2017 was the year of lazy banking in SSA as banks bought USD8.7bn worth of Governments-issued debt securities and lent nothing to the real economy

It appears 2017 was the year of lazy banking across Sub-Saharan Africa (SSA). But before I start raising your hairs, let me provide a bit of background on this. Modern day banking is founded on Fractional Reserve Banking (FRB)-where commercial banks take deposits from the public, keep a fraction with central banks (in the form of mandatory reserve requirements) and lend the rest.

Conceptually, commercial banks borrow from depositors at low rates and lend at higher rates. This is the intermediation role that banks play in any economy. Effectively, they play the vital role of reallocating capital from surplus capital owners (or depositors) to those seeking capital deficit financing (borrowers). However, in this capital reallocation game, commercial banks aren’t ordinarily expected to lend to central Governments as part of its business strategy-except as part of liquidity management (both for regulatory and internal requirements).

Because customer loans are illiquid, partly because SSA still lacks an active secondary market for loans, banks always need to maintain certain portion of their asset books in near-cash (or liquid) form, ostensibly to take care of depositors who may want their money back. The lazy banking designation stems from the fact that a bank dumps this intermediation role by preferring to invest depositors’ money in Government bonds at relatively low returns and negligible default risk(s). This is exactly what transpired in 2017.

During the year, commercial banks’ asset-book growth momentum seemingly stagnated. Indeed, across a sample of 21 markets across the SSA region (excluding South Africa), total banking sector assets declined by 100 basis points year-on-year in USD terms. While there is a minor element of exchange rates in that decline, much of the decline was driven by the fact that on-balance sheet risk-weighted assets, which account for about 60 percent of total assets, equally declined. Instead, growth was driven by banks’ purchase of Government-issued debt securities (bills and bonds).

Across the 21 markets, the share of Government securities rose sharply by a staggering 300 basis points year-on-year to stand at 21 percent as at end-2017. At the same time, growth in loans remained flat year-on-year. Nominally, commercial banks invested a staggering USD8.7 billion in Treasury bills and bonds and literally no liquidity went into lending to the real economy. In a way, you could say banks were justified. First, there was a sustained elevation in credit risks across SSA. Indeed, across the region, commercial banks’ loan non-performance, as measured by the ratio of gross non-performing loans (gross NPL) to gross loans, weakened by 110 basis points year-on-year to 7.5 percent as at end-2017, in USD terms.

Behaviorally, banks have tended to tighten risk admissibility criteria in times of stress. Consequently, commercial banks across the region, in a synchronized pattern, generally slowed down the pace at which they lent. Data from the April 2018 edition of SSA regional economic outlook by the International Monetary Fund (IMF), which shows that annual private sector credit growth in SSA plunged to 3.3 percent in 2017, from 12.5 percent in 2016, corroborates this. Second, Governments’ aggressive fiscal deficit financing actions from domestic debt markets played a much greater role. By deepening domestic borrowing, a number of Governments in the region effectively crowded out the private sector.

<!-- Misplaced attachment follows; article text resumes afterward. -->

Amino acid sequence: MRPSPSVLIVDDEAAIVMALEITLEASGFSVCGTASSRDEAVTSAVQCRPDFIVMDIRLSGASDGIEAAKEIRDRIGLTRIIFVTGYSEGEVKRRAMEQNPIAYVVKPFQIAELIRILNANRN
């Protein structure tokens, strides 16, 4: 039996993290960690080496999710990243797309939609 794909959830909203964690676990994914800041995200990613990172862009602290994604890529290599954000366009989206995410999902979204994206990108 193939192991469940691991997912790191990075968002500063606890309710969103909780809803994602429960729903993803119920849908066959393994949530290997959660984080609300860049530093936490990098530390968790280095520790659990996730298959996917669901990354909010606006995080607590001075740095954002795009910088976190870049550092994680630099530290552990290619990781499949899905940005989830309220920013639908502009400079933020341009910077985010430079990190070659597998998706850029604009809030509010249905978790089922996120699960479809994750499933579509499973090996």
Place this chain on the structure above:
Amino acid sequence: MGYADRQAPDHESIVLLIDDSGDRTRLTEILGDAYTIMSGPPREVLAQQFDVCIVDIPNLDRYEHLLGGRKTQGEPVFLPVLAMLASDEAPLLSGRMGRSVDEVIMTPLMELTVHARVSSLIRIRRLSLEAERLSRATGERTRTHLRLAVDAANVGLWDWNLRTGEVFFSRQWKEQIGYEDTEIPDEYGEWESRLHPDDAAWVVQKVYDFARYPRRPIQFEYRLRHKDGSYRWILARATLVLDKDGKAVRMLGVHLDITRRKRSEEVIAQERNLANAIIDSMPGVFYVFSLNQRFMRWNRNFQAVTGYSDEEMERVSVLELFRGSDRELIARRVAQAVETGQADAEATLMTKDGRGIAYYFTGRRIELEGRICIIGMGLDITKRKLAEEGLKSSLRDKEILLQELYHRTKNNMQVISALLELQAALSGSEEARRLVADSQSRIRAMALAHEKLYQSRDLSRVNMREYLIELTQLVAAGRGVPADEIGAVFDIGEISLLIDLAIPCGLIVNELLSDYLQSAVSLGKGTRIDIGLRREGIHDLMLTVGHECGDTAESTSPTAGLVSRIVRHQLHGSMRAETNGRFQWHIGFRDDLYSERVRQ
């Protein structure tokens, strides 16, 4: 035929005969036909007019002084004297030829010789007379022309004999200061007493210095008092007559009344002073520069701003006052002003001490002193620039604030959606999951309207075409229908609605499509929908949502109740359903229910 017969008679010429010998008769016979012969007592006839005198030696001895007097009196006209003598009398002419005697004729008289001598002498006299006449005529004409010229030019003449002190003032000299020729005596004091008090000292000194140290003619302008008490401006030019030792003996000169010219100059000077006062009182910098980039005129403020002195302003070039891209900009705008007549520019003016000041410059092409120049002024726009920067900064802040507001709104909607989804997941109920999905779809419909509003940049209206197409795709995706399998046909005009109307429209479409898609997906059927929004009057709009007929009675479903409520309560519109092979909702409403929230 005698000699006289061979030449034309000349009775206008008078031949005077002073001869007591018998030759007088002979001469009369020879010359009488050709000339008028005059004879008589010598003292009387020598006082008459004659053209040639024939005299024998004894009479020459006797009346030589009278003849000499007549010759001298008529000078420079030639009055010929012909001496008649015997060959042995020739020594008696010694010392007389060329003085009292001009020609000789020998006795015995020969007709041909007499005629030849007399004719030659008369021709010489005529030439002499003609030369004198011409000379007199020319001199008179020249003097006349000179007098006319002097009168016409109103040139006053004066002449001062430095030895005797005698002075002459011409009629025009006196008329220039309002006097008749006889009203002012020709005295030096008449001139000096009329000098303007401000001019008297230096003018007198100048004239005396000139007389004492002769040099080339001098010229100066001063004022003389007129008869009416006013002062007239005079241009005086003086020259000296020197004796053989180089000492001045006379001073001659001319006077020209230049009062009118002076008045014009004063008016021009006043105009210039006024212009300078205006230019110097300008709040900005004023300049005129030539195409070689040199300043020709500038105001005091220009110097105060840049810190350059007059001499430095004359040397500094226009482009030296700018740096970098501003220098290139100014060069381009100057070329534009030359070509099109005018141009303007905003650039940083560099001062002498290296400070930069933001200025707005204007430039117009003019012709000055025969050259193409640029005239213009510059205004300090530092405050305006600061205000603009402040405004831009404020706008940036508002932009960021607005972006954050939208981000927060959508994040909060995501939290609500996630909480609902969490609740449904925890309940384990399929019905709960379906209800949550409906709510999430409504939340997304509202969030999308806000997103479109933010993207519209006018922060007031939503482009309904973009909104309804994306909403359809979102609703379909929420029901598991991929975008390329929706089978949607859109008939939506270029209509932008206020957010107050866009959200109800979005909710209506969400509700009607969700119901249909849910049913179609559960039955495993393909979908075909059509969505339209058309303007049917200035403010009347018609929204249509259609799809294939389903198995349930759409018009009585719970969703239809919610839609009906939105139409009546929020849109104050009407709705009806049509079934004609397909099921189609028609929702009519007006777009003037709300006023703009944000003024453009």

For instance, in Zimbabwe, the Government’s penchant for borrowings saw commercial banks’ holding of Government securities rise from just 7 percent of total assets as at end-2014 to a staggering 30 percent as at end-2017. The fact that Zimbabwe’s economy remained dollarized offered additional incentives for banks. Nigeria and Ghana classically demonstrated the crowding-out effect. In Nigeria, the Central Bank of Nigeria (CBN) mopped up excess local currency liquidity by selling to banks shorter-dated securities (technically known as CBN bills) whose price tags averaged at about 20 percent and attracted zero tax.

In Ghana, the interest rate on a 12-month local currency Treasury instruments averaged at 16.5 percent; and while it compared unfavorably to the 2016 average of 23 percent, it still represented a significant premium for banks to avoid taking real risks. Consequently, banks’ holding of Government securities rose from 23 percent of total assets as at end-2015 to 30 percent of total assets as at end-2017. Lending to central governments, by way of purchasing Treasury-issued debt instruments, often presents three core advantages: (i) little or no operational costs attached to it; (ii) zero risk-weighting; and (iii) in some jurisdictions, like Nigeria and Ghana, zero tax implications. However, the story for Kenya’s banks was a little different as the key driver of elevated purchases of Government-issued local currency debt was the interest rate cap, which basically established a roof on commercial banks’ ability to price credit risks, both perceived and real.

As the 2018 clock continues to run down, the two lazy banking incentives aren’t submerged yet; (i) the de-elevation of credit risks seems to be unfolding at a snail pace (at least in the first half of 2018); and (ii) Governments’ fiscal trajectories still remains weak, at least when you look at key countries like Kenya, Nigeria, Zimbabwe and Ghana. However, there exists a classic dochotomic situation. So, while the incentives aren’t submerged, yield curves across the region are troughing in, presenting price risks. This effectively means commercial banks will have to reposition their balance sheets to reflect the dichotomy. This will be a tough call.